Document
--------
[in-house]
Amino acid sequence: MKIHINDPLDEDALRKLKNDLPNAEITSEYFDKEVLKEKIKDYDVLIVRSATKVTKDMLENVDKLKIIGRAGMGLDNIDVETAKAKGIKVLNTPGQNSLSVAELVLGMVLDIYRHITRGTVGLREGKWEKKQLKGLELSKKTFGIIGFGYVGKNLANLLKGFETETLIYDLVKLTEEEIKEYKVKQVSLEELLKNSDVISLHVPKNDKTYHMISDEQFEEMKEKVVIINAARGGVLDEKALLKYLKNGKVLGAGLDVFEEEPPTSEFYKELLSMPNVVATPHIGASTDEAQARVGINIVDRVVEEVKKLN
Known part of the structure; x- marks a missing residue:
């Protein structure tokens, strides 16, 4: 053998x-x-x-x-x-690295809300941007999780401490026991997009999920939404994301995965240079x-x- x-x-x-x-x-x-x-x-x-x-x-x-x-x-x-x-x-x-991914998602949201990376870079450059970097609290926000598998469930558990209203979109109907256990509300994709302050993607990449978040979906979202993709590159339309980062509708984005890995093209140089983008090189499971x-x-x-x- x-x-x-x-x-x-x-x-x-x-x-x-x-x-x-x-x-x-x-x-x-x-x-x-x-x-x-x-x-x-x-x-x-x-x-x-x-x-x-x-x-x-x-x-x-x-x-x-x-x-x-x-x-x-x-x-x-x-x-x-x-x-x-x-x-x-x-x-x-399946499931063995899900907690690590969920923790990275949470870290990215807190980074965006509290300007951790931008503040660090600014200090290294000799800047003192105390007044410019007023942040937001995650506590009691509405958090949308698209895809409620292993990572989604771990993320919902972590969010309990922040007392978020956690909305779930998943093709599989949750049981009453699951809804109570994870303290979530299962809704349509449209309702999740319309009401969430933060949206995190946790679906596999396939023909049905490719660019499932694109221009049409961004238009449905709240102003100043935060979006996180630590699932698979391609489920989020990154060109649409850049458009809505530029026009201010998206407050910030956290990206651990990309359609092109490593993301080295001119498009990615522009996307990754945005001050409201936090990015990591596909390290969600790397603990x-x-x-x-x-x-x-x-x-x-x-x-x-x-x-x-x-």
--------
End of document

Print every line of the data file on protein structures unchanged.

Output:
[in-house]
Amino acid sequence: MKIHINDPLDEDALRKLKNDLPNAEITSEYFDKEVLKEKIKDYDVLIVRSATKVTKDMLENVDKLKIIGRAGMGLDNIDVETAKAKGIKVLNTPGQNSLSVAELVLGMVLDIYRHITRGTVGLREGKWEKKQLKGLELSKKTFGIIGFGYVGKNLANLLKGFETETLIYDLVKLTEEEIKEYKVKQVSLEELLKNSDVISLHVPKNDKTYHMISDEQFEEMKEKVVIINAARGGVLDEKALLKYLKNGKVLGAGLDVFEEEPPTSEFYKELLSMPNVVATPHIGASTDEAQARVGINIVDRVVEEVKKLN
Known part of the structure; x- marks a missing residue:
């Protein structure tokens, strides 16, 4: 053998x-x-x-x-x-690295809300941007999780401490026991997009999920939404994301995965240079x-x- x-x-x-x-x-x-x-x-x-x-x-x-x-x-x-x-x-x-991914998602949201990376870079450059970097609290926000598998469930558990209203979109109907256990509300994709302050993607990449978040979906979202993709590159339309980062509708984005890995093209140089983008090189499971x-x-x-x- x-x-x-x-x-x-x-x-x-x-x-x-x-x-x-x-x-x-x-x-x-x-x-x-x-x-x-x-x-x-x-x-x-x-x-x-x-x-x-x-x-x-x-x-x-x-x-x-x-x-x-x-x-x-x-x-x-x-x-x-x-x-x-x-x-x-x-x-x-399946499931063995899900907690690590969920923790990275949470870290990215807190980074965006509290300007951790931008503040660090600014200090290294000799800047003192105390007044410019007023942040937001995650506590009691509405958090949308698209895809409620292993990572989604771990993320919902972590969010309990922040007392978020956690909305779930998943093709599989949750049981009453699951809804109570994870303290979530299962809704349509449209309702999740319309009401969430933060949206995190946790679906596999396939023909049905490719660019499932694109221009049409961004238009449905709240102003100043935060979006996180630590699932698979391609489920989020990154060109649409850049458009809505530029026009201010998206407050910030956290990206651990990309359609092109490593993301080295001119498009990615522009996307990754945005001050409201936090990015990591596909390290969600790397603990x-x-x-x-x-x-x-x-x-x-x-x-x-x-x-x-x-």